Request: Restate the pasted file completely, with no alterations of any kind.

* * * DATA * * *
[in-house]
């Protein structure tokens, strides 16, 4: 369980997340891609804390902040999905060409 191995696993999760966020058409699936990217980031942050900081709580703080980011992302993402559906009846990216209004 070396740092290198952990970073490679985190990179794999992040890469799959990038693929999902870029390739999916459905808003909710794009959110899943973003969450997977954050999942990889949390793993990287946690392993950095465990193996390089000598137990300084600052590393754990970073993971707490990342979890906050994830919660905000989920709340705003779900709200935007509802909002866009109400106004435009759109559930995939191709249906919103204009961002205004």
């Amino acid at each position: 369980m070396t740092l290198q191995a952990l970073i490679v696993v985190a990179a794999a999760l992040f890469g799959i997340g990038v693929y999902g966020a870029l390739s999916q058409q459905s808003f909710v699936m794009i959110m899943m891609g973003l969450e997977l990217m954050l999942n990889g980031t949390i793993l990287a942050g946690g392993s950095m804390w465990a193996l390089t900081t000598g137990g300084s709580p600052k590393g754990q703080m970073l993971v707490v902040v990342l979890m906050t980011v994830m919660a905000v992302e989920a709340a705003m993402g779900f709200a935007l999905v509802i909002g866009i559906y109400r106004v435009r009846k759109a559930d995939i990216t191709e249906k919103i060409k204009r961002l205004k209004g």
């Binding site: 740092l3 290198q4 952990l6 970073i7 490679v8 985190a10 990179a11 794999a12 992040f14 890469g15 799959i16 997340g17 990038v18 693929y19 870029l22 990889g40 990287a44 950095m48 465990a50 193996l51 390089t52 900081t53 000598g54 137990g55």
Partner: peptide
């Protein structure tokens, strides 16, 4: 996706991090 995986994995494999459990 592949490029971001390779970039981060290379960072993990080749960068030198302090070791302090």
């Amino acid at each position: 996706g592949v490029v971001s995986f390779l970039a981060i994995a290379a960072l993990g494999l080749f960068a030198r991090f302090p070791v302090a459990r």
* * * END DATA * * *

[in-house]
């Protein structure tokens, strides 16, 4: 369980997340891609804390902040999905060409 191995696993999760966020058409699936990217980031942050900081709580703080980011992302993402559906009846990216209004 070396740092290198952990970073490679985190990179794999992040890469799959990038693929999902870029390739999916459905808003909710794009959110899943973003969450997977954050999942990889949390793993990287946690392993950095465990193996390089000598137990300084600052590393754990970073993971707490990342979890906050994830919660905000989920709340705003779900709200935007509802909002866009109400106004435009759109559930995939191709249906919103204009961002205004």
């Amino acid at each position: 369980m070396t740092l290198q191995a952990l970073i490679v696993v985190a990179a794999a999760l992040f890469g799959i997340g990038v693929y999902g966020a870029l390739s999916q058409q459905s808003f909710v699936m794009i959110m899943m891609g973003l969450e997977l990217m954050l999942n990889g980031t949390i793993l990287a942050g946690g392993s950095m804390w465990a193996l390089t900081t000598g137990g300084s709580p600052k590393g754990q703080m970073l993971v707490v902040v990342l979890m906050t980011v994830m919660a905000v992302e989920a709340a705003m993402g779900f709200a935007l999905v509802i909002g866009i559906y109400r106004v435009r009846k759109a559930d995939i990216t191709e249906k919103i060409k204009r961002l205004k209004g």
């Binding site: 740092l3 290198q4 952990l6 970073i7 490679v8 985190a10 990179a11 794999a12 992040f14 890469g15 799959i16 997340g17 990038v18 693929y19 870029l22 990889g40 990287a44 950095m48 465990a50 193996l51 390089t52 900081t53 000598g54 137990g55």
Partner: peptide
């Protein structure tokens, strides 16, 4: 996706991090 995986994995494999459990 592949490029971001390779970039981060290379960072993990080749960068030198302090070791302090």
């Amino acid at each position: 996706g592949v490029v971001s995986f390779l970039a981060i994995a290379a960072l993990g494999l080749f960068a030198r991090f302090p070791v302090a459990r």